Everything’s great but could still be better, says Dave Woodhall.
Many times over the years we’ve said that the saying about if you take care of the little things then the big ones take care of themselves is never truer than at the Villa. Too often we’ve let something insignificant build up and prevent us from taking our rightful place in world football. Now, though, the world’s turning upside down at Villa Park as well as everywhere else.
Villa are getting all the big things right. We’re doing well in the league, and even better than that we’re doing well despite injuries to key players and with a feeling that we still haven’t hit top form yet, particularly away from home. You can be confident that any new players we sign will be well-scouted and adding to what’s already a top-quality squad rather than a vanity purchase. For the first time in decades we have a team who are only going to get better, with one of the best managers in the world and owners whose ambitions match his. And that’s without the plans for ground expansion. We’re even getting the national media beginning to say complimentary words about us. The big things are doing very well. Pity about the small ones.
It might be a very small thing indeed but before we played Fulham I was talking to someone I haven’t seen for a long time. He told me about an incident that took place towards the end of West Ham. There’s a few minutes left before the final whistle, the match is won and so naturally there’s a load of people leaving the Upper Holte and walking down the steps. Someone is walking into the Terrace View and they’re getting booed by just about everyone leaving. A triviality maybe but it shows that despite the massive strides the club are making on the pitch, despite the huge wave of optimism that’s currently engulfing Villa Park, something still isn’t right.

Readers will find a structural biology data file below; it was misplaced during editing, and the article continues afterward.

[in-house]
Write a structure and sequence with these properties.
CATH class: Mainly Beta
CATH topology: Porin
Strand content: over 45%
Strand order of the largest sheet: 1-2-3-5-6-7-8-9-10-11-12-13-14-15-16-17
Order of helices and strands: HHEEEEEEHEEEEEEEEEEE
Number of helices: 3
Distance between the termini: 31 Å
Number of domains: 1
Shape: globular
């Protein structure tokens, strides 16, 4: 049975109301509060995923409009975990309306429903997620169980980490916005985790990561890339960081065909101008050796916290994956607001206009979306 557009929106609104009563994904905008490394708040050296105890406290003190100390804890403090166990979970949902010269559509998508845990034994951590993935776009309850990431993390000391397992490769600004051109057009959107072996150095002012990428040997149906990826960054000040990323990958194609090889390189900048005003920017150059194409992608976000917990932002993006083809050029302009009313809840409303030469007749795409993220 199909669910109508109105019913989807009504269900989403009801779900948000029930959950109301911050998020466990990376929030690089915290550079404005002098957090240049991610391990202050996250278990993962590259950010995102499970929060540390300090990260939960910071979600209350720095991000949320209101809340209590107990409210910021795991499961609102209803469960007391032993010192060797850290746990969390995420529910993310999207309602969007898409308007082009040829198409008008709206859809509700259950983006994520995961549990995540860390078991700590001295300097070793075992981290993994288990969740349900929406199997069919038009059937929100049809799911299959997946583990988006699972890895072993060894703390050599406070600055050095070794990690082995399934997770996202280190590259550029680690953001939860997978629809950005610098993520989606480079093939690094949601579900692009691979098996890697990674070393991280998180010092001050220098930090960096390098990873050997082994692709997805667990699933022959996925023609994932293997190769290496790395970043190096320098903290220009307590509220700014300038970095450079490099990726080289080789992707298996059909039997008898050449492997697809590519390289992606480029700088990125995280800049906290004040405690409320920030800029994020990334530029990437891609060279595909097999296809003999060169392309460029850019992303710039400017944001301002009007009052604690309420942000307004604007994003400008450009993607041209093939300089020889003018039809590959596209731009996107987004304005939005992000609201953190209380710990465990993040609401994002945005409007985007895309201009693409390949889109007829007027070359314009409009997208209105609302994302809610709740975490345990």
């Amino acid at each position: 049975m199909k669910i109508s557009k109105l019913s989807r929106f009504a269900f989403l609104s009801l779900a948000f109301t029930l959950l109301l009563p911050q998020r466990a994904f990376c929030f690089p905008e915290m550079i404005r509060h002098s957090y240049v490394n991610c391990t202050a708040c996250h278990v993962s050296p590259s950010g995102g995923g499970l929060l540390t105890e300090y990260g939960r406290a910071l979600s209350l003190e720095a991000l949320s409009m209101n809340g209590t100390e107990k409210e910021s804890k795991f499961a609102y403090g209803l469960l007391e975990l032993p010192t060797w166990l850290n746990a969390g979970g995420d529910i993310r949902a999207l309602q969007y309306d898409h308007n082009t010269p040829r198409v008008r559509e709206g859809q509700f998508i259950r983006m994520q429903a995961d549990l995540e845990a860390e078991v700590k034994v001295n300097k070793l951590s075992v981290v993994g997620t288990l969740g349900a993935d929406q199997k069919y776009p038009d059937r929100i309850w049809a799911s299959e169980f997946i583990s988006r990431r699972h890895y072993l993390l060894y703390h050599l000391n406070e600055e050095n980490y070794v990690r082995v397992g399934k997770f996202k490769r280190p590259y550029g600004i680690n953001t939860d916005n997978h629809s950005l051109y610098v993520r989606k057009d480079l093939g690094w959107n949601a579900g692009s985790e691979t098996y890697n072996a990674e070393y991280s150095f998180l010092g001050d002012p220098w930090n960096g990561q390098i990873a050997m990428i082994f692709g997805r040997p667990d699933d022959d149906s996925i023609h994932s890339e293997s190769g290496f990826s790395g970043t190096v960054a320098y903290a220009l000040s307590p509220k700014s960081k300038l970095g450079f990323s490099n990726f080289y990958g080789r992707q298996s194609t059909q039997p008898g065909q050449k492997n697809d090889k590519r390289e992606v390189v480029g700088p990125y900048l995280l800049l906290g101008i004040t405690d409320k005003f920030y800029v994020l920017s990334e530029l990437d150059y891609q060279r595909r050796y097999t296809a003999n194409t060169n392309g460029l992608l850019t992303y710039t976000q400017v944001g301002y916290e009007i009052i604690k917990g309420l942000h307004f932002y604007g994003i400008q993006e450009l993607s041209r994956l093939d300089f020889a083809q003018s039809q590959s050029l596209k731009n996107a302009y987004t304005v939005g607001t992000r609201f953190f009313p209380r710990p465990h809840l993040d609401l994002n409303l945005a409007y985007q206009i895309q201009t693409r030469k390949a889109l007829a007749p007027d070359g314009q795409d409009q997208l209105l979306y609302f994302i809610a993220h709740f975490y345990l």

Terrace View and its bastard offspring the Lower Grounds aren’t popular – you only have to witness the response from the crowd when they’re advertised on the screens. Seeing Villa supporters getting abused for using them is something a lot more disturbing. We should all be on the same side, but the club seems determined to drive a wedge between those who, let’s be honest here, can afford to be the new type of supporter they want, where buying a ticket is just the start of the day’s expenses, and the rest, who either can’t or won’t pay any more than they have to.
There’s also stories about supporters losing their buying history for behaviour around tickets that might have been technically against the rules but would have been dealt with by a quiet word in the past. All of this might sound unimportant in the great scheme of things, and of course it is when compared to the fact that Villa are arguably in a better place than we have been for forty years, but little things have a habit of becoming bigger. A bit of fairly good-natured booing when we’re winning could easily get out of control if the results aren’t going for us. The attitude of if you don’t want it there’s plenty who will might be fine when there’s a supposed thirty thousand waiting list for season tickets – although how many of them would take the opportunity should it ever arise is, of course, open to debate.
The trouble comes when results aren’t going our way and that fabled thirty thousand, many of who won’t have known the really bad days, start to drift away. That’s when the Villa will find out who their friends are. At the moment, for all the wonderful football we’re watching and all the world-class players in the team, no matter how promising the future looks, it seems that the people in charge, who are getting so much right, don’t seem to going out of their way to make friends.